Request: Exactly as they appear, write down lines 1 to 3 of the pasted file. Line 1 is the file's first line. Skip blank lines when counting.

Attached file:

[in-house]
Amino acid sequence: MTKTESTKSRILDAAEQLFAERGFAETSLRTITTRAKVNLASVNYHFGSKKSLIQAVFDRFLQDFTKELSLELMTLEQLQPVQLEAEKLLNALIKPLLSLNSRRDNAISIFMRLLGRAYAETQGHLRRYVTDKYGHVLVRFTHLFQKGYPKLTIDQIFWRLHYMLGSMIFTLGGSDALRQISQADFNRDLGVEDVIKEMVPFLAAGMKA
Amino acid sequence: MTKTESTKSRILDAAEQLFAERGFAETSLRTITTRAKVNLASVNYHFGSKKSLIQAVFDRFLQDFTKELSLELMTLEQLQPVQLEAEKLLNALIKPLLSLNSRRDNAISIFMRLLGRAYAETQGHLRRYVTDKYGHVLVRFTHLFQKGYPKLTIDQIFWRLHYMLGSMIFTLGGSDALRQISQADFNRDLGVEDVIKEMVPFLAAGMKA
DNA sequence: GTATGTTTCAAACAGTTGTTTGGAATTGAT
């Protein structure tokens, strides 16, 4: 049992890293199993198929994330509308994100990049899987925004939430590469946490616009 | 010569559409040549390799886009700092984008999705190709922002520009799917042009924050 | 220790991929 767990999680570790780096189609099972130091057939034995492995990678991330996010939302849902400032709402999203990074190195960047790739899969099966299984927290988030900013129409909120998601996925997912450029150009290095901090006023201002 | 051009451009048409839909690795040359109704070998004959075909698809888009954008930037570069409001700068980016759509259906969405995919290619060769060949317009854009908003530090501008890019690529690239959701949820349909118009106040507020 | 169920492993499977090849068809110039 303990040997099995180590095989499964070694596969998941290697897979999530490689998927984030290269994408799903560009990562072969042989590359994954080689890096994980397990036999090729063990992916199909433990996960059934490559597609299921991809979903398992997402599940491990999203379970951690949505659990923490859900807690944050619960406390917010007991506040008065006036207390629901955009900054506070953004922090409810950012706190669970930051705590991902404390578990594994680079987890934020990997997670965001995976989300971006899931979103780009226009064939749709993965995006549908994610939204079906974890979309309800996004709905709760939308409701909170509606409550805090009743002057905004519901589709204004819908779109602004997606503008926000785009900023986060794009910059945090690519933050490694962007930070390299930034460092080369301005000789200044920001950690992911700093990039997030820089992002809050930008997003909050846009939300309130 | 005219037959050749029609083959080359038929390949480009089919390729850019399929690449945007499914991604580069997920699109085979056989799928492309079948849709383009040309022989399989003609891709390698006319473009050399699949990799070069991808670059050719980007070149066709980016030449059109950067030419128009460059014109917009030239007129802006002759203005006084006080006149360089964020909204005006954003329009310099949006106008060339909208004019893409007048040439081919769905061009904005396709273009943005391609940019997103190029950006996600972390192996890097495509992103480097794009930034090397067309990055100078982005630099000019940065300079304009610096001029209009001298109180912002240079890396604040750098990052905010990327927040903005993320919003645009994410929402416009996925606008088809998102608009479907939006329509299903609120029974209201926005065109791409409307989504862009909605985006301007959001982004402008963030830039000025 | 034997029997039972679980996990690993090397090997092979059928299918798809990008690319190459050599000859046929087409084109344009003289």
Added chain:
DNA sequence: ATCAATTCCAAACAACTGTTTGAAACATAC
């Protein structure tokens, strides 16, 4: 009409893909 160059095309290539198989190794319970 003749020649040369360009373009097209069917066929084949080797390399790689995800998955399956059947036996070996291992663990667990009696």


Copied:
[in-house]
Amino acid sequence: MTKTESTKSRILDAAEQLFAERGFAETSLRTITTRAKVNLASVNYHFGSKKSLIQAVFDRFLQDFTKELSLELMTLEQLQPVQLEAEKLLNALIKPLLSLNSRRDNAISIFMRLLGRAYAETQGHLRRYVTDKYGHVLVRFTHLFQKGYPKLTIDQIFWRLHYMLGSMIFTLGGSDALRQISQADFNRDLGVEDVIKEMVPFLAAGMKA
Amino acid sequence: MTKTESTKSRILDAAEQLFAERGFAETSLRTITTRAKVNLASVNYHFGSKKSLIQAVFDRFLQDFTKELSLELMTLEQLQPVQLEAEKLLNALIKPLLSLNSRRDNAISIFMRLLGRAYAETQGHLRRYVTDKYGHVLVRFTHLFQKGYPKLTIDQIFWRLHYMLGSMIFTLGGSDALRQISQADFNRDLGVEDVIKEMVPFLAAGMKA